A new life in lockdown: Longridge mum whose baby was born on first day of lockdown reflects on the past year
Baby Hayley is today celebrating her first birthday exactly one year after the Covid-19 lockdown was introduced as the Post remembers all Lancastrians lost during the pandemic.
She hasn't seen her great grandparents or aunties and uncles since being born last year.
It has been a year like no other and little Hayley's first birthday will surely be one to remember.
Mum-of-four Janine Nelson, from Longridge, gave birth to her fourth child Hayley Jo Dillon at Royal Preston Hospital last year and was in the recovery room when she found out the UK was plunging into a national lockdown.
In a year she described as 'chaotic' and 'unsual', the stay at home mum has reflected on the reality of raising her fourth child today as it marks the one year anniversary of the lockdown.
She said: "It has certainly been strange and unusual raising a child in the lockdown. She had just been delivered by emergency c-section when I found out that we were going into lockdown.
"All my other children were so excited to see the baby and we really thought they would be able to come and pick up their new sister from the hospital until about a week before when there was discussion of a possible lockdown.
"It has been extremely hard work raising Hayley because I also have other children at home that I have had to look after on my own whilst my partner has been at work and I haven't even been able to ask family for their support."
Janine is also a mum to 14-year-old Lauren, Emily, 6 and Denny, 3 and lives with partner Garry.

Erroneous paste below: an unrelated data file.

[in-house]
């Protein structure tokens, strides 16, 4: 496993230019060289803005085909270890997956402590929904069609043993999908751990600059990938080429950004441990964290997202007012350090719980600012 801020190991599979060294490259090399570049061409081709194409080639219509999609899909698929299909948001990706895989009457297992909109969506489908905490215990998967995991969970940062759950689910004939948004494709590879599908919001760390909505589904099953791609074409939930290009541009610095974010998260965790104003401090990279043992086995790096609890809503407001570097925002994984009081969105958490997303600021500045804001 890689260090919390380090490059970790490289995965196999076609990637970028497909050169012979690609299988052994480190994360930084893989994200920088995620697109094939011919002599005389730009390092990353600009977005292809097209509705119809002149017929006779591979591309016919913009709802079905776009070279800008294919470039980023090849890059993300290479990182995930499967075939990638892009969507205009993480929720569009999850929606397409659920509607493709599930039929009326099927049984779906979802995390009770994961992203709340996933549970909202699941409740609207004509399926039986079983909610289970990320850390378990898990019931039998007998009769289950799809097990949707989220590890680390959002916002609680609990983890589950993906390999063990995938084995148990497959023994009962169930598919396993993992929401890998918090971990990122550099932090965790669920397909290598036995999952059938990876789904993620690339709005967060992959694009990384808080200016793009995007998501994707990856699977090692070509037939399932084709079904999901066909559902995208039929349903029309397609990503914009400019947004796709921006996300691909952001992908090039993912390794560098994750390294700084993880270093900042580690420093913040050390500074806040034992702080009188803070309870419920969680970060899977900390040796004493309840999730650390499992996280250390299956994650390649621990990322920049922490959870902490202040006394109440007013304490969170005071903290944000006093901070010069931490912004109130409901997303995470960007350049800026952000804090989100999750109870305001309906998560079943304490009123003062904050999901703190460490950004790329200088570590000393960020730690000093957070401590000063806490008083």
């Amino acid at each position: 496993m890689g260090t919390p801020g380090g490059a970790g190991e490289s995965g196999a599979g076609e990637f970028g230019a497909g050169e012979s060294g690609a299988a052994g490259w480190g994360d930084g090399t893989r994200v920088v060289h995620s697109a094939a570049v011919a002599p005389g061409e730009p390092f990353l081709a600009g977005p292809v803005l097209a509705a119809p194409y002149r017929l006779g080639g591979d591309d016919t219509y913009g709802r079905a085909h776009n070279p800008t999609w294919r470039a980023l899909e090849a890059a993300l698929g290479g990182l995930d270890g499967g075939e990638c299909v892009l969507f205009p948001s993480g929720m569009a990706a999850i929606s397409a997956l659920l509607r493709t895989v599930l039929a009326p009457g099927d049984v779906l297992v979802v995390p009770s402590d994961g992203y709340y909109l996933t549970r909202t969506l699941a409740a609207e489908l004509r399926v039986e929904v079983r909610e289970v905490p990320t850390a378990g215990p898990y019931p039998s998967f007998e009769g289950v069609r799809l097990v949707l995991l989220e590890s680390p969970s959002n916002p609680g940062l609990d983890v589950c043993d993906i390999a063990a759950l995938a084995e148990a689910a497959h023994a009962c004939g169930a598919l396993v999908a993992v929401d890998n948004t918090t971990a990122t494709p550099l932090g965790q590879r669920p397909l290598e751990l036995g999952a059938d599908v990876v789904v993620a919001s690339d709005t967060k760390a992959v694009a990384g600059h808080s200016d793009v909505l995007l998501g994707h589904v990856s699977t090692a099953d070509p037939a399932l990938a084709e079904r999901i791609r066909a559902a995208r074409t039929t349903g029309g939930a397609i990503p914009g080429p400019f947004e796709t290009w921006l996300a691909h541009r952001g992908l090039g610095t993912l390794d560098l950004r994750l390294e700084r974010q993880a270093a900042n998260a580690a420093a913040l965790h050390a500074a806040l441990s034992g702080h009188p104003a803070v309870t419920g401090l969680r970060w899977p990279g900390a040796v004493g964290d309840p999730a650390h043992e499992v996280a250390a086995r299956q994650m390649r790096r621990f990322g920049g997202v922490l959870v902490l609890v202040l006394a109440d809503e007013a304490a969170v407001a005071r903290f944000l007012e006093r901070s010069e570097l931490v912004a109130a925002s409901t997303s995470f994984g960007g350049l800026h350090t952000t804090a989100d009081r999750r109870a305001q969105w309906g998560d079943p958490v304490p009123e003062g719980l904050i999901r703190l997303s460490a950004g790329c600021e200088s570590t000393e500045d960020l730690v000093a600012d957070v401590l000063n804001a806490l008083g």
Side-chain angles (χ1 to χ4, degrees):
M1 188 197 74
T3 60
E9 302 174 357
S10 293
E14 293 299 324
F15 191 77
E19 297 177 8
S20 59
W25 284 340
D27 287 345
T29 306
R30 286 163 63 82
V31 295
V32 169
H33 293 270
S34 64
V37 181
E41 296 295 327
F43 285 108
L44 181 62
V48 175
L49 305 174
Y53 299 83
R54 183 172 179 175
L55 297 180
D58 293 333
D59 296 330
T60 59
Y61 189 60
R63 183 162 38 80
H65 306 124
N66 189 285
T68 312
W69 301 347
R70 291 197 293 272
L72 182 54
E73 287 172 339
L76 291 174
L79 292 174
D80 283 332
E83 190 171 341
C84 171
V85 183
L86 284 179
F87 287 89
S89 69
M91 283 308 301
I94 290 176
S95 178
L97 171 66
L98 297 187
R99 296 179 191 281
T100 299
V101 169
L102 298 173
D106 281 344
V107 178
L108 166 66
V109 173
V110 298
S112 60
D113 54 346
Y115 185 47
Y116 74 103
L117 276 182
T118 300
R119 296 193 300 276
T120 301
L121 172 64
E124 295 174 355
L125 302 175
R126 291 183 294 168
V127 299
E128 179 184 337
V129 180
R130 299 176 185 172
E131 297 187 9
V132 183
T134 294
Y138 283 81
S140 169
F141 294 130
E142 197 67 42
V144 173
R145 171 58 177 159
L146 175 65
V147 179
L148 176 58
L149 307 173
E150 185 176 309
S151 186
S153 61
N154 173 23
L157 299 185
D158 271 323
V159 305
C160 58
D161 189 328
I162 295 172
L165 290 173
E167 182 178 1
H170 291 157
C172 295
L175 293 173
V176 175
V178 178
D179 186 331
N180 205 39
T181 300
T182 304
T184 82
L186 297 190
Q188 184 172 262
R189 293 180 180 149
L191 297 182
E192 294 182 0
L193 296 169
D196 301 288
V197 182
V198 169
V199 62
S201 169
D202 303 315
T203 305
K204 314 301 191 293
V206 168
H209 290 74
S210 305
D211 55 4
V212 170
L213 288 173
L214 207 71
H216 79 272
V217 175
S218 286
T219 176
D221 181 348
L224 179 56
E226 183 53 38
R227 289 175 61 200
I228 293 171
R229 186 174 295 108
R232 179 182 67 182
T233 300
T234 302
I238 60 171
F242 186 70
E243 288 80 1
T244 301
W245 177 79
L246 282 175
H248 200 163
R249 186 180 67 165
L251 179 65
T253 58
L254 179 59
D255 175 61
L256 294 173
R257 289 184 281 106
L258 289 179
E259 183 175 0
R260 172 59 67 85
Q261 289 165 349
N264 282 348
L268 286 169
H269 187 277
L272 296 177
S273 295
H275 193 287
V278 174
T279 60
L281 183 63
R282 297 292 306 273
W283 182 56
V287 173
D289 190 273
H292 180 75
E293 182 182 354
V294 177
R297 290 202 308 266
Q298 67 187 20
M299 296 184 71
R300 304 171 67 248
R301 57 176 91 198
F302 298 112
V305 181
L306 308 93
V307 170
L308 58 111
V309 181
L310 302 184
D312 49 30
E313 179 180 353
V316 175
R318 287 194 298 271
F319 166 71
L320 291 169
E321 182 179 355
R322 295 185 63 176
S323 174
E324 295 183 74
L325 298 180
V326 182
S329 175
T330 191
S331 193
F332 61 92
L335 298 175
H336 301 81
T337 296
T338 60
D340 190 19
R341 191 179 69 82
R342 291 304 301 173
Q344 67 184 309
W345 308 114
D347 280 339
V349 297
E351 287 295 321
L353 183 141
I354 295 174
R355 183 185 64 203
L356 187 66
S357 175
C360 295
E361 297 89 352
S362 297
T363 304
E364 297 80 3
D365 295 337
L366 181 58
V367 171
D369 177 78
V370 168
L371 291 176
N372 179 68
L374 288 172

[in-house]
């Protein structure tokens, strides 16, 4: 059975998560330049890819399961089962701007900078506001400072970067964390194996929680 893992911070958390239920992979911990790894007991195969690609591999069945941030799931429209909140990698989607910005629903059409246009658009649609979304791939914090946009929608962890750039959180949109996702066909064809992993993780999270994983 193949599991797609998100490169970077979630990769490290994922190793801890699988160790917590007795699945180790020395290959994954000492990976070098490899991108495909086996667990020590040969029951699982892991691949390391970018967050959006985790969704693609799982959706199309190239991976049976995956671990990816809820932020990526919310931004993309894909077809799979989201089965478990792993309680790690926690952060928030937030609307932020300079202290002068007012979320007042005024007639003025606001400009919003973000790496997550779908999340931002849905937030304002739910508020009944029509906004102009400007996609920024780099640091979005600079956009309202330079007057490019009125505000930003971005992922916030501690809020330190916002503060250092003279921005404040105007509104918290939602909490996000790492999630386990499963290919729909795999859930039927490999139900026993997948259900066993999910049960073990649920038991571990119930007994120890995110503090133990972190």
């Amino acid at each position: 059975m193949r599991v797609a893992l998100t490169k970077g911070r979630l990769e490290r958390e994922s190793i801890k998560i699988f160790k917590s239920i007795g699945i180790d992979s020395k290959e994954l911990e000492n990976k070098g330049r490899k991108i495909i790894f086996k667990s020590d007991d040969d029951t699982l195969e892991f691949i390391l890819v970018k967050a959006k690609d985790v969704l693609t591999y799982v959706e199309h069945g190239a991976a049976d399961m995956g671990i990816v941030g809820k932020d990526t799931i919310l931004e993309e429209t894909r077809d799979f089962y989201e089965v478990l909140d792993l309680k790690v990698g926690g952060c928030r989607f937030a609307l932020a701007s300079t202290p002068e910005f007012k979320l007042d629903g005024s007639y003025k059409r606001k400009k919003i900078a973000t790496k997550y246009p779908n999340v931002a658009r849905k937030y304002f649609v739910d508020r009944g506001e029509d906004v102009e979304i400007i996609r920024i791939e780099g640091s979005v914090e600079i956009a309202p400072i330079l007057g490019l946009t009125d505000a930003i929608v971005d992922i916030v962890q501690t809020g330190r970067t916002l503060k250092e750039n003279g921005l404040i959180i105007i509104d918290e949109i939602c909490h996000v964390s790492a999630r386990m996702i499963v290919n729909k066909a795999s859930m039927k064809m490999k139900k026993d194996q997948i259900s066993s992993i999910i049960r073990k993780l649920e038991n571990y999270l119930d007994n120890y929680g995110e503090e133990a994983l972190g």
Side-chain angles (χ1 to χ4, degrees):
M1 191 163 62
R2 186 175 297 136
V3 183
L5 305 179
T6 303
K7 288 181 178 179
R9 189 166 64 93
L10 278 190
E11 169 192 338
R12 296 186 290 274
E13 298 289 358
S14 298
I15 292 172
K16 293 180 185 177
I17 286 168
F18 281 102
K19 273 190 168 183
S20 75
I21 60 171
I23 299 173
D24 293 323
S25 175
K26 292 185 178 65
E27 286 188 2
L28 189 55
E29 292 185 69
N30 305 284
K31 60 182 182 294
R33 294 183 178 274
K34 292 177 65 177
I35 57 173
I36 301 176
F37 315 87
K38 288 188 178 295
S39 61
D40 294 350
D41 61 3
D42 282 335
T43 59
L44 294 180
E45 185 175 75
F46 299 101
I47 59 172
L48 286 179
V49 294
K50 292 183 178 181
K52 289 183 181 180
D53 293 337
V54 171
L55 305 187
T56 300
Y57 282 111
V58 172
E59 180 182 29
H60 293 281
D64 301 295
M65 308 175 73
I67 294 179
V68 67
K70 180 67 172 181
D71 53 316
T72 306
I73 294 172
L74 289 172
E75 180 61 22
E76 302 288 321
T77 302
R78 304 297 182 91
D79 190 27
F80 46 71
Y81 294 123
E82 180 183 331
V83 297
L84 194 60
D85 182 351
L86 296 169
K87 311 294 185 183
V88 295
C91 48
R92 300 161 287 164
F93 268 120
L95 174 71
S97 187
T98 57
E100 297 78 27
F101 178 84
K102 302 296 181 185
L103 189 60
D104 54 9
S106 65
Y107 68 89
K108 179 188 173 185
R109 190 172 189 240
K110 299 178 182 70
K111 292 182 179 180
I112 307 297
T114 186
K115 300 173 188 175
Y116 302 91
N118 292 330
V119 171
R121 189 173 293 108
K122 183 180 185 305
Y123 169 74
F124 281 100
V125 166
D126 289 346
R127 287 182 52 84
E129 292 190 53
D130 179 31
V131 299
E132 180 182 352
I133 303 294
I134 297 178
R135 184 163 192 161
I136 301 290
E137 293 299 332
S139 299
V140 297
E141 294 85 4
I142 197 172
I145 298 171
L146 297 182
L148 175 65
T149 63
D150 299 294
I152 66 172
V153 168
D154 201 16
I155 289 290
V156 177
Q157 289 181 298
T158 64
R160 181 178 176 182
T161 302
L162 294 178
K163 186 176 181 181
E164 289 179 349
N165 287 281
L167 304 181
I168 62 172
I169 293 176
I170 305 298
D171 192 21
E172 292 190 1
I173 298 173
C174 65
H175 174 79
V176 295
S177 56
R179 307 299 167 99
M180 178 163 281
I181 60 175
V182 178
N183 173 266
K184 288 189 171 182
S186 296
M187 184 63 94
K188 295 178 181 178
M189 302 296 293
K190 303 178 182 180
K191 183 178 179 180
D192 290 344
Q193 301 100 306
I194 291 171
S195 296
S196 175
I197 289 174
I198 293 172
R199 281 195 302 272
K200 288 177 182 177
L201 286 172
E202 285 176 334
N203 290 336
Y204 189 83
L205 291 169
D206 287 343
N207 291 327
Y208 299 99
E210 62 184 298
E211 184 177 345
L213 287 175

The closure of schools during the national lockdown also heightened the difficult reality of lockdown life for Janine who was trying her best to raise a newborn child alongside homeschooling.
As one of seven children, not being able to rely on her large family to help her look after one-year-old Hayley has proved for a challenging year.
She added: "It was difficult to get the support of my family because of all the restrictions. After I had Hayley, I was alone with her in the hospital for three days because of the procedure I had and nobody could even come and visit her.
"We have had to just use facetime where we can so that her great grandparents and her aunties and uncles can see her but it hasn't been the same.
"When I had her, the mood in the hospital was strange. Nobody really knew what was going on at first and what it would mean for us but all the staff stayed upbeat and kept us calm.
"Hayley still hasn't met her great grandparents because they are extremely vulnerable and even struggles with the movement of the pram because of how little we have been able to get out of the house.
"It has been so hard and I can't even imagine how difficult this year would have been for all the new mums because this just isn't normal and you can rely on the support and love of your family.
"It has been extremely difficult not being around other people and my children have struggled with not being able to go out or go to school and see their friends.
"We have all been completely cut off and I have been on my own a lot with my children. I can't wait for us all to get back to some normality again. I used to joke with my grandma that Hayley would be walking by the time she meets them and she actually took her first three steps yesterday."
Boris Johnson has now announced the roadmap out of lockdown, with the rule of six being introduced again from next Monday, March 29.
Today marks the one year anniversary of the national lockdown, as UK residents were encouraged to take a minutes silence at midday to remember those lost to the virus and show support to the front line workers.
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